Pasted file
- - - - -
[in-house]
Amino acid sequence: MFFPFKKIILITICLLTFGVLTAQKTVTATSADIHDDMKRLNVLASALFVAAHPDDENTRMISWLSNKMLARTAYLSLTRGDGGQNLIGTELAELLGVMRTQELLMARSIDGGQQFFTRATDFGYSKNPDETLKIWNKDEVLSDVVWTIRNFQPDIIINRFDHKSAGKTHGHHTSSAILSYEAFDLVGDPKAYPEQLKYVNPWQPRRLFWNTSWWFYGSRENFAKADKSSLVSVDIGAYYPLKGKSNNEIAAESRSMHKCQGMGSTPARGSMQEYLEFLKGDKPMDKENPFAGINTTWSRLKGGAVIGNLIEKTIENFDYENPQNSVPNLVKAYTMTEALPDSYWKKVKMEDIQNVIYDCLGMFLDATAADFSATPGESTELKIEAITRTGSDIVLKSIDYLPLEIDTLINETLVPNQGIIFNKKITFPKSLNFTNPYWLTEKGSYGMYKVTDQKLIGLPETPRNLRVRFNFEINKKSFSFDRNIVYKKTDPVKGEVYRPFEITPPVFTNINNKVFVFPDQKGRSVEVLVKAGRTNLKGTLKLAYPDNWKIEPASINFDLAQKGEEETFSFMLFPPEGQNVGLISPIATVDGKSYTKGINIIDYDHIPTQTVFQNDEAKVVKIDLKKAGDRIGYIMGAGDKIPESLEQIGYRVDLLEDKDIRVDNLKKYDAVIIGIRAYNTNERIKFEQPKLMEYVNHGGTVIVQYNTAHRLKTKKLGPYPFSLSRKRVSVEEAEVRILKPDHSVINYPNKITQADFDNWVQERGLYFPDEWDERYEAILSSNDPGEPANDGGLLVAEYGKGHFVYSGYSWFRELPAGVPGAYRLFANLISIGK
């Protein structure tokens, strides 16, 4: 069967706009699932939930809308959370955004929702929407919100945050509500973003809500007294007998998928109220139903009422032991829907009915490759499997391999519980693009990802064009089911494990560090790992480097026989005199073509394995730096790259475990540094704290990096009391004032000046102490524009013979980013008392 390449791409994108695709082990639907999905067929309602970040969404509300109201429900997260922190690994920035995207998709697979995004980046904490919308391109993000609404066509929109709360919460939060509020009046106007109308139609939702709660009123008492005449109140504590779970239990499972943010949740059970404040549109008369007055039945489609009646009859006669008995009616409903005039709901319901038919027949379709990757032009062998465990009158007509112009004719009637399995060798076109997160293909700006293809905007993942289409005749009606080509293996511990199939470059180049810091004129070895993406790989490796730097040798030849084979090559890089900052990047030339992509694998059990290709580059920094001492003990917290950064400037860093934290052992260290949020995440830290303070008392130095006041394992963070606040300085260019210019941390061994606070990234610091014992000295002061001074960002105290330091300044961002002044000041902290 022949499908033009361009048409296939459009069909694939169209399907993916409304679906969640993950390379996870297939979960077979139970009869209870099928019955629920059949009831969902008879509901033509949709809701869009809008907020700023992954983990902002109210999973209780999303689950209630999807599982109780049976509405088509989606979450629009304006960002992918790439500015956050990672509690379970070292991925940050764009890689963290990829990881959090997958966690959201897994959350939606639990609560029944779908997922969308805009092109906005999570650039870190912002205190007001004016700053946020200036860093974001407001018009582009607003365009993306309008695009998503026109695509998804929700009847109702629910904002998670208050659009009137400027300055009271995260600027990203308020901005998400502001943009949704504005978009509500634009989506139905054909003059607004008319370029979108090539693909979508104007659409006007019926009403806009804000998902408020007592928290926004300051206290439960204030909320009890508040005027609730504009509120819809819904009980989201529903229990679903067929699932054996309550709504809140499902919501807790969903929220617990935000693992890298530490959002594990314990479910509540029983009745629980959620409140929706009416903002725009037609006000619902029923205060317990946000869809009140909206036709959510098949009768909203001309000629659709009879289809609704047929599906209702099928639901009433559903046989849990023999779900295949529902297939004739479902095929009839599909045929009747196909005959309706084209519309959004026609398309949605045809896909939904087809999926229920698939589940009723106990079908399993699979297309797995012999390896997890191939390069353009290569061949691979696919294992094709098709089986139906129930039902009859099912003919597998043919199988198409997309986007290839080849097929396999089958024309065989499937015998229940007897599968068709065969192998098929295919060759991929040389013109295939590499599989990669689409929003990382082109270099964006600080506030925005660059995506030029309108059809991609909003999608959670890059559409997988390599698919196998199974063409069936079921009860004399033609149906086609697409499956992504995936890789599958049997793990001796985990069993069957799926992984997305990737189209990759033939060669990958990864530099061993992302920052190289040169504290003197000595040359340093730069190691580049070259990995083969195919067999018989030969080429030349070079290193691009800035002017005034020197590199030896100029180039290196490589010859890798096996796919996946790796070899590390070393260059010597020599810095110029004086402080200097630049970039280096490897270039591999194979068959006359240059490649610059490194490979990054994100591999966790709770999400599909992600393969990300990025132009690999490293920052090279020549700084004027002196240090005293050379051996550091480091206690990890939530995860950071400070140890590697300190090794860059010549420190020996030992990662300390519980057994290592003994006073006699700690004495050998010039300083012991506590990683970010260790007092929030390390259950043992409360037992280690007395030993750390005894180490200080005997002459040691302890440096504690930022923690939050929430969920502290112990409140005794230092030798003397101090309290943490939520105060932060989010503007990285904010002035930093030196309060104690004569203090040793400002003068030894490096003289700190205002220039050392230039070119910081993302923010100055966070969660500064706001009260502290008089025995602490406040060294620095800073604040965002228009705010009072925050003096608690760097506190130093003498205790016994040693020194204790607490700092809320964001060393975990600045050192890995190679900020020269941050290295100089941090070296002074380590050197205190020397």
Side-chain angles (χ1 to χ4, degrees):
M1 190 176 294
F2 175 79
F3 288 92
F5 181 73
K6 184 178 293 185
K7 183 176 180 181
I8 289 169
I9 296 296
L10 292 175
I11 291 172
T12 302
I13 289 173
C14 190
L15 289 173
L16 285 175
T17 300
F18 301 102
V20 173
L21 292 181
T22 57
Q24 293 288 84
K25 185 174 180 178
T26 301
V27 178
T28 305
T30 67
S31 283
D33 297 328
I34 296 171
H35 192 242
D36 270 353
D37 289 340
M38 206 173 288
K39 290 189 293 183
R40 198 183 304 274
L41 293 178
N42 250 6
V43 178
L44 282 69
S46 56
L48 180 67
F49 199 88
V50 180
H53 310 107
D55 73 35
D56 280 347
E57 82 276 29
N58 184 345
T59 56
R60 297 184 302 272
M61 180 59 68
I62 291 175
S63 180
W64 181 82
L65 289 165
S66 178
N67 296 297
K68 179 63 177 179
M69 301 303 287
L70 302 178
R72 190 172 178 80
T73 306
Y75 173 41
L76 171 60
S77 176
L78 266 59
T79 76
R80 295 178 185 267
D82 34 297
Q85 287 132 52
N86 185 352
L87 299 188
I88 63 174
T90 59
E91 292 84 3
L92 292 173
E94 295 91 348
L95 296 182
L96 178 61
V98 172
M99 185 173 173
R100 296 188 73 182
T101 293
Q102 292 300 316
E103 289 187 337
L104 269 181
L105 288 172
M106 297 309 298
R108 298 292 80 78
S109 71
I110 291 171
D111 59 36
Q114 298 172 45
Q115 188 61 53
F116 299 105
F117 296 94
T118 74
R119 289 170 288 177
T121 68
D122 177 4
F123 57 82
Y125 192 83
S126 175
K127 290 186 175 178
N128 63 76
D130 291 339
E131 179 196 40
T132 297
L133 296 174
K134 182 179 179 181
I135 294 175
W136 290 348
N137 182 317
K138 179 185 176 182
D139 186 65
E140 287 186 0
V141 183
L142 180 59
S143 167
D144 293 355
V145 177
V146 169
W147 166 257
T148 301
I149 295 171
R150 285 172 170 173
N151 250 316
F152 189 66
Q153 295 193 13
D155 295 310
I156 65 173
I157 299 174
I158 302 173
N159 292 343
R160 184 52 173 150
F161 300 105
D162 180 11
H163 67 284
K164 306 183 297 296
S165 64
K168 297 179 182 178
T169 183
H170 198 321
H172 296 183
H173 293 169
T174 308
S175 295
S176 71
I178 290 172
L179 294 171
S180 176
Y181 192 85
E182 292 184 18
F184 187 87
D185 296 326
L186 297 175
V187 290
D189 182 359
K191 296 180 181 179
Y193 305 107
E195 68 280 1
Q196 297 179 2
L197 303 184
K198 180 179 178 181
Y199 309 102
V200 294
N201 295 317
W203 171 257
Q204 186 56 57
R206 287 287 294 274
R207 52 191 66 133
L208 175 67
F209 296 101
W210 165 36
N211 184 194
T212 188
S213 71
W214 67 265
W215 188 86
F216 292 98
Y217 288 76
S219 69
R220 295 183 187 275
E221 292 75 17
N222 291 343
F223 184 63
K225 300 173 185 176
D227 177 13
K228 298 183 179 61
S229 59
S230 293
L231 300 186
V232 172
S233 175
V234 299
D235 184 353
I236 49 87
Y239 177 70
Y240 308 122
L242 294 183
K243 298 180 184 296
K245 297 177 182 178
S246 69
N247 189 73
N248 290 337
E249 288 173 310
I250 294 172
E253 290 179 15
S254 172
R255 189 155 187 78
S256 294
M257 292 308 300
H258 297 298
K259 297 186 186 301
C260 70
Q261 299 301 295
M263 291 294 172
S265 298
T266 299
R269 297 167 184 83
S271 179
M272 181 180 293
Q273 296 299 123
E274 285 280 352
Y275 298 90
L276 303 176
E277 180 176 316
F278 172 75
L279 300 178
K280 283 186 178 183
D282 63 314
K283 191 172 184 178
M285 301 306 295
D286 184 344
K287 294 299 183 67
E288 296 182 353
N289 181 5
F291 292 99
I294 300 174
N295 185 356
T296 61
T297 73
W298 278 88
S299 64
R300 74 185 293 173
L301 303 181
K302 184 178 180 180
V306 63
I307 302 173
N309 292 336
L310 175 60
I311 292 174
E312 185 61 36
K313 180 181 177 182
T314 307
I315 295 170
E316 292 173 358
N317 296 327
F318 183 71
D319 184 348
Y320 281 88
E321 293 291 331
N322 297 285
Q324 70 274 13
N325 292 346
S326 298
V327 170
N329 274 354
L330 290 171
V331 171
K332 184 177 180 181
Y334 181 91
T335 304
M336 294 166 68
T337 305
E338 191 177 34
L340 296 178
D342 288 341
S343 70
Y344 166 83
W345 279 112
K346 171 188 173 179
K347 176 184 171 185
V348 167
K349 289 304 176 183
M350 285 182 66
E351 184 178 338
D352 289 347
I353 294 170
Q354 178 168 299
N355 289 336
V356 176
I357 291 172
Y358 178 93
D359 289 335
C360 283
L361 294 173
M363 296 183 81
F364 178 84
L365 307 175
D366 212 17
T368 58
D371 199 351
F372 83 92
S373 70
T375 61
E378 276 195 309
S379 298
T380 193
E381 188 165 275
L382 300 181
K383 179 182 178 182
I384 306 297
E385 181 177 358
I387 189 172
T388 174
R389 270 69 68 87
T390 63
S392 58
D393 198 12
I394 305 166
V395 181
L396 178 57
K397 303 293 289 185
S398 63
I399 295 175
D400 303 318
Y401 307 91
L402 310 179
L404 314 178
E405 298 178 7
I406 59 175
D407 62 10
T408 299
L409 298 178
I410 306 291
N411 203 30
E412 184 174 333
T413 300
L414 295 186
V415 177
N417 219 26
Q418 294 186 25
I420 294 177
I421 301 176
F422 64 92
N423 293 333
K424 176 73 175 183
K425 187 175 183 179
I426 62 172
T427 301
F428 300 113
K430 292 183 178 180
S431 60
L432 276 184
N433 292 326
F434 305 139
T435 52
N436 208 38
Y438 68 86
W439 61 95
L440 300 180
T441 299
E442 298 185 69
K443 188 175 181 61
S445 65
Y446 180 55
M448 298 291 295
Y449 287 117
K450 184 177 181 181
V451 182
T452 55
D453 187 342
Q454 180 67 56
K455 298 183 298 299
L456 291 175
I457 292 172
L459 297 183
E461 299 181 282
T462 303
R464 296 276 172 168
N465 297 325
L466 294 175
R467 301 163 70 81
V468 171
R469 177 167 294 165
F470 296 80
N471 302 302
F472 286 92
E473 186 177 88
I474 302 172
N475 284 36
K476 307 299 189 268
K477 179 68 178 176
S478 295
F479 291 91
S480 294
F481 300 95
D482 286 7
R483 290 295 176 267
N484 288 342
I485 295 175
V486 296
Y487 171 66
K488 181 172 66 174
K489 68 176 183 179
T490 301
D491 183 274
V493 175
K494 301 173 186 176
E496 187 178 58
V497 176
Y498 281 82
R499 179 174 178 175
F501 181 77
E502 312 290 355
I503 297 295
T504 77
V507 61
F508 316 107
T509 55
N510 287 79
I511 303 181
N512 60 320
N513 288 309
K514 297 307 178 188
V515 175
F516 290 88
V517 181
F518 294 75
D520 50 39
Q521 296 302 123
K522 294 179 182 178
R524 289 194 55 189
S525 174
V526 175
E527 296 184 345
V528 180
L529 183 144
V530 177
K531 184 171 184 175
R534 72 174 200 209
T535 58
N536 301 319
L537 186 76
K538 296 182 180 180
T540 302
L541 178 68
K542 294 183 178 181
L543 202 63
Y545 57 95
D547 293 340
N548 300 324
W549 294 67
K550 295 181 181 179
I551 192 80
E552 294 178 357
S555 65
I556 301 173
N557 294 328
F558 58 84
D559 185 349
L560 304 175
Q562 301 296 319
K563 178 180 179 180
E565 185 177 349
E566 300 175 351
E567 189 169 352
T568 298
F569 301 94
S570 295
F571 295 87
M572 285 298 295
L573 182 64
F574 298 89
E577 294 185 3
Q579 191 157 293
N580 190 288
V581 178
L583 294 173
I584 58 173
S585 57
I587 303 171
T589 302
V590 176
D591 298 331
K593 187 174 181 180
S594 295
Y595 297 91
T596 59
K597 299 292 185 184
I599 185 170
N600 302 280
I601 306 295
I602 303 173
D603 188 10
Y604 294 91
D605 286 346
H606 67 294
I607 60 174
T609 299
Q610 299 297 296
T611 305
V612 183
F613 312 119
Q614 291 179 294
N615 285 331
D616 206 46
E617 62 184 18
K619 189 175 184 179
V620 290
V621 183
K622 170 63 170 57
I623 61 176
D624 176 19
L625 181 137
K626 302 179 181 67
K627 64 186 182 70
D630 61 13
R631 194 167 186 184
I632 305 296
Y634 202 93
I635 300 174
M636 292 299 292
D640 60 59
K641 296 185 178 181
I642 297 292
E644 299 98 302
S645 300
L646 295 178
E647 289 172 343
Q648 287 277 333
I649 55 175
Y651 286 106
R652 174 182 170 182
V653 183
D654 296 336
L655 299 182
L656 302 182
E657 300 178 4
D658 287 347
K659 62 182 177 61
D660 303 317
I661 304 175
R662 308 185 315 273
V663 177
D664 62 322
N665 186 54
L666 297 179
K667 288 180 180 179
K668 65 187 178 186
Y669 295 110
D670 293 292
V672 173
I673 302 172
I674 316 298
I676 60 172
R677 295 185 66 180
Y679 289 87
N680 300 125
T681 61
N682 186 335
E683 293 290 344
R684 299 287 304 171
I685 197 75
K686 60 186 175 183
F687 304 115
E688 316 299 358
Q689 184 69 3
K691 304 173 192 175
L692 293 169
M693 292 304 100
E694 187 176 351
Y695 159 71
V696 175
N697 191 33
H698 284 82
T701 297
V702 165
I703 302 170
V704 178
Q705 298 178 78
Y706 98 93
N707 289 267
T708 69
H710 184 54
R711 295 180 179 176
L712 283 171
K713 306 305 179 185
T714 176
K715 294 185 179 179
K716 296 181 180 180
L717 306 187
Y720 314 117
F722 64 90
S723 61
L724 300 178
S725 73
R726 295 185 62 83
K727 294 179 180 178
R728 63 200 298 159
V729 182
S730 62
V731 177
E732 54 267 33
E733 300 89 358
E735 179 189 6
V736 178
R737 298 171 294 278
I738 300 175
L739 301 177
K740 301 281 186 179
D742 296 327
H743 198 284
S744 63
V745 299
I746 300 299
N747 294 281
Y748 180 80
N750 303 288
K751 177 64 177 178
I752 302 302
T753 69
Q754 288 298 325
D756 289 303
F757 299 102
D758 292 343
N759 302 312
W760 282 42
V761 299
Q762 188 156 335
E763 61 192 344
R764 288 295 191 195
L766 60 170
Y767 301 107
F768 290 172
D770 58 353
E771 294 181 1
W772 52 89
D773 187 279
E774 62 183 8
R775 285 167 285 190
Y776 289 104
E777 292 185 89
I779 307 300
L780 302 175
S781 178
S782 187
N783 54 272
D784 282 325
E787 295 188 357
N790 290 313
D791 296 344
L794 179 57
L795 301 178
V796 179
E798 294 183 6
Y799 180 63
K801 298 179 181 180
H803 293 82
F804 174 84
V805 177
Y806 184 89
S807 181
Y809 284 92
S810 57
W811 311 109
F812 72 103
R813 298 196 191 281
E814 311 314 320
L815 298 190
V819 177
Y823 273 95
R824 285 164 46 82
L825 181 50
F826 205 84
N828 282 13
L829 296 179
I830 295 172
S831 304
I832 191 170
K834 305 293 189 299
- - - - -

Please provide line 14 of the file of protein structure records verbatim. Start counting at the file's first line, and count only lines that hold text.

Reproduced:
I11 291 172